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Designed by: Lucas AndersonBum LeeDaniel KingJack WeighillJonathan SwadleyAaryan BaluSebastian Yūe

How do you make a Halloween-themed monster supplement for D&D 5e when so many of the appropriate creatures already exist in the official Monster Manual? Ghouls, zombies, skeletons, vampires, scarecrows, crawling claws, mummies, and all manner of demons and devils.

13 Horrors of Halloween draws inspiration from classic monster movies, cultural folklore, and the holiday itself to provide another seasonal monster supplement from the Holidanger crew.

If you were to ask me for a collection of Halloween-inspired D&D monsters, I probably wouldn’t have settled on The Blob, Slenderman, The Moon, or Literally Godzilla. Yet you’ll find all of them here, and more.

Godrago is a terrifying CR 30 that makes the Tarrasque look like, well, lacking in a photon breath attack that deals 20d10 damage!

The Headless Horseman (CR 10) includes two statblocks, the Dullahan and his Black Steed, along with a powerful spine whip attack that can paralyze, reduce max hit points, and drag targets behind him as he rides.

The Moon (CR 23) features all kinds of hilariously appropriate abilities, including bestowing lycanthropy, controlling gravity and tidal waves, blinding with radiance, and flinging crescent boomerangs. Eat your heart out, Moon Knight!

Several creatures are inspired by terrifying folk legends from around the world, including the gargantuan (yet stealthy) skeleton, Gashadokuro, and the fiendish, skinless horse, Nuckalavee.

My personal favorite is the Spindleman, which I assume is a fun take on the Slenderman. Spindleman is a fiendish tailor with the ability to teleport with a +11 stealth check as a free action, restrain enemies with a cross stitch, and auto-crit them using his painful needle point.

Each monster entry, from the headless horseman to the animated wax figures, features original artwork and multiple adventure hooks, an excellent quality I’ve come to expect from these seasonal monster books. Spindleman includes fun ideas such as using him as a merchant in a mysterious store, or featuring him as the personal tailor of a recently-summoned demon. Delightful!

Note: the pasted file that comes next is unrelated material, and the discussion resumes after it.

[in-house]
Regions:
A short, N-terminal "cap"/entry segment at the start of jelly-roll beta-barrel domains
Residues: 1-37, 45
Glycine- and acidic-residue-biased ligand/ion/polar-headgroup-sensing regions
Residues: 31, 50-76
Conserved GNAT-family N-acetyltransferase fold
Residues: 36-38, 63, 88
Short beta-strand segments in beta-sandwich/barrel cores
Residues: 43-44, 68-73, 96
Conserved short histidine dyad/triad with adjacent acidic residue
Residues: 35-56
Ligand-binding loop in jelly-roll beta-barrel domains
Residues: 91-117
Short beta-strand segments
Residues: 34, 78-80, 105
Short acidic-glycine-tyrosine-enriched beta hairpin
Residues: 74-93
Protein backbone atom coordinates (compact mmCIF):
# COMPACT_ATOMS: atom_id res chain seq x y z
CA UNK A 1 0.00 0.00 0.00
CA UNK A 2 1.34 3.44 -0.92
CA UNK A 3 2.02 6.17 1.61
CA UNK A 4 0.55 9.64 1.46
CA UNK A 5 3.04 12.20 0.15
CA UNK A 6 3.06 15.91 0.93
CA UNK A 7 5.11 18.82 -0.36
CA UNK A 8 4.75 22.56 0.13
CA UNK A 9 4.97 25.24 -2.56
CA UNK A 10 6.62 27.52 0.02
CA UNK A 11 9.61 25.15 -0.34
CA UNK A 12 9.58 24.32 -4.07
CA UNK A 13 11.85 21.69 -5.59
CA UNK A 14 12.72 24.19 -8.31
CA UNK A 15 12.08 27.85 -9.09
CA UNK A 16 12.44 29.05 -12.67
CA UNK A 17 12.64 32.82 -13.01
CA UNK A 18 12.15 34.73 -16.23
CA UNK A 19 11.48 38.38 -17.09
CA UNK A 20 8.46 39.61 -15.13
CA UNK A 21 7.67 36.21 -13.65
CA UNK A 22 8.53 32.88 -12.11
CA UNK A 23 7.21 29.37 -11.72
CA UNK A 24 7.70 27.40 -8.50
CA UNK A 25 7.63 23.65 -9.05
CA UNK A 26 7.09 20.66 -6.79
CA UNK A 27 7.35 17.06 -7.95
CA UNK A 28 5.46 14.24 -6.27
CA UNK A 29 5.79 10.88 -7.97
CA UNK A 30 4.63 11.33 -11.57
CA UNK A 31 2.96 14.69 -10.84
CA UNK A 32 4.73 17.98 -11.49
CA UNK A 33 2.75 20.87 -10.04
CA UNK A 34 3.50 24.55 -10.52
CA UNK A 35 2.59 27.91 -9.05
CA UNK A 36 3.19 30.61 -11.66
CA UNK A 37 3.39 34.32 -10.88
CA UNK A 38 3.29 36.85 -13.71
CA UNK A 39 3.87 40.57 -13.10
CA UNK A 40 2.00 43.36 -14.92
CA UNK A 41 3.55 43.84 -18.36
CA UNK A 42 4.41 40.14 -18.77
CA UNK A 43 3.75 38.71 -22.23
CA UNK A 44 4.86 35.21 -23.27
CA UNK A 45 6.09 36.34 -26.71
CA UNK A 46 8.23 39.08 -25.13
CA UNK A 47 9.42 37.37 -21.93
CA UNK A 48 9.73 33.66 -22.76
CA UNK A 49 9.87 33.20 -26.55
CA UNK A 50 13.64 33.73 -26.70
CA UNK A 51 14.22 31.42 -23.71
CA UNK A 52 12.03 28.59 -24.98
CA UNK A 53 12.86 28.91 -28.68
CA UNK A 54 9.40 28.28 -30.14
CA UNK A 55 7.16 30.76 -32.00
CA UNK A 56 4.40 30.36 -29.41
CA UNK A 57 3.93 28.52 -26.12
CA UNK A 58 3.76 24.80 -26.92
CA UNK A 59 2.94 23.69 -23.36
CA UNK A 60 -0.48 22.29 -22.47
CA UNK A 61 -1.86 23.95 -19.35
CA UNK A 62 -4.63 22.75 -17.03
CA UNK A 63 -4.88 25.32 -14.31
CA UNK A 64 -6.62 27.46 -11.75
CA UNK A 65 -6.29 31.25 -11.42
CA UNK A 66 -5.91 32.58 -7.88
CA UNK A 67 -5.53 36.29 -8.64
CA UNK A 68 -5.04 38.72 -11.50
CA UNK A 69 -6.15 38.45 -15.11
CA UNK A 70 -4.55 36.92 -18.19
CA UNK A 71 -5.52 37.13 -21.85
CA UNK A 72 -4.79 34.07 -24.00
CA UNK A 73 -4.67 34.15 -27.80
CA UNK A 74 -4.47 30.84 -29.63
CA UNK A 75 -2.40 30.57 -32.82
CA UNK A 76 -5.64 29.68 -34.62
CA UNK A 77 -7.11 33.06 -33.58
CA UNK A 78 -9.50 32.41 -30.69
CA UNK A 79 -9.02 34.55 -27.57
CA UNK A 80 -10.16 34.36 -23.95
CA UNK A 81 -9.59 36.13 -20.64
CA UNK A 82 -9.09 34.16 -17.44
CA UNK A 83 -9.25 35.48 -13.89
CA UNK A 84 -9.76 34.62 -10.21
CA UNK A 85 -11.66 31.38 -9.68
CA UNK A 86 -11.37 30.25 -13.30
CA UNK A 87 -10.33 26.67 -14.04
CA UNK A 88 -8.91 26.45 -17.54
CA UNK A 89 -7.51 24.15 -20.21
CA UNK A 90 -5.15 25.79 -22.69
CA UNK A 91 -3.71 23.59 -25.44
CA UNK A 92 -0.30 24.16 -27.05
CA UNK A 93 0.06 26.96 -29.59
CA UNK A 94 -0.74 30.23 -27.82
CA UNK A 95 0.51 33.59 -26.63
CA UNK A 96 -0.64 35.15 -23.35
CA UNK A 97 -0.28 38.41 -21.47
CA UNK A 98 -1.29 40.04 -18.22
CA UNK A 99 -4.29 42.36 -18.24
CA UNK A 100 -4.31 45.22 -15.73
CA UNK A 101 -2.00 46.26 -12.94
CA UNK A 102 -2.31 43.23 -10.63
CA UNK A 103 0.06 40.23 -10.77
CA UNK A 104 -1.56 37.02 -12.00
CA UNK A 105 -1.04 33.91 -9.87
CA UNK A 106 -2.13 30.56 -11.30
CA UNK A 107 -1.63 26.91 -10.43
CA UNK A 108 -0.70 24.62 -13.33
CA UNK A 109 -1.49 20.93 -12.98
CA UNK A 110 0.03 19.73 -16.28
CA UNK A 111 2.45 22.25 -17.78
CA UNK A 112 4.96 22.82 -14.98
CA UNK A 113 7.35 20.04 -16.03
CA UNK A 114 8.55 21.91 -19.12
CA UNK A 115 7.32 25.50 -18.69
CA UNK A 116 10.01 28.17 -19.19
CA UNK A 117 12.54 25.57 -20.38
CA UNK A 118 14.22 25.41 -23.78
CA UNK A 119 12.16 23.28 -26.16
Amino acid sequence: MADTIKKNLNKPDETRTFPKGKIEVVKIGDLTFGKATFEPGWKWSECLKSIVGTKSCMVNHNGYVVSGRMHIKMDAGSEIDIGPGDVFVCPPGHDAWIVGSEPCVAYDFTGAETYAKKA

I wish the Halloween/horror theme were exploited a bit more, however. We get a race of Pump-kin plants, but they’re mostly boring. I do like the hilariously messed up Pantomine Horse, however, which is capable of harmlessly bisecting player characters! Fun take on the classic two-person horse costume.

But where’s my seasonal golem that shoots candy? Or masked slasher with a machete? What about a creepy undead girl with long hair, or a killer doll, or a grim reaper? I don’t mind any of the included monsters; most feature interesting statblocks and neat ideas (with a particular focus on higher tier threats), but there’s so many more options to explore using this very DnD-friendly theme. Perhaps next year we’ll get Horrors of Halloween: Resurrection?


  • Clever new statblocks inspired by classic horror movies and folklore.
  • Focus on higher-level monsters and Legendary Actions.
  • Adventure hooks and original artwork for each monster.


  • Missing some obvious horror entries.

The Verdict: With the easiest theme of the holidanger supplements, 13 Horrors of HAlloween focuses on large, terrifying threats while maintaining the high quality of the monster series.

This review has been sponsored by the publisher Find more reviews on my website and YouTube channel.

Support my work by using affiliate links for shopping and pledging via Patreon.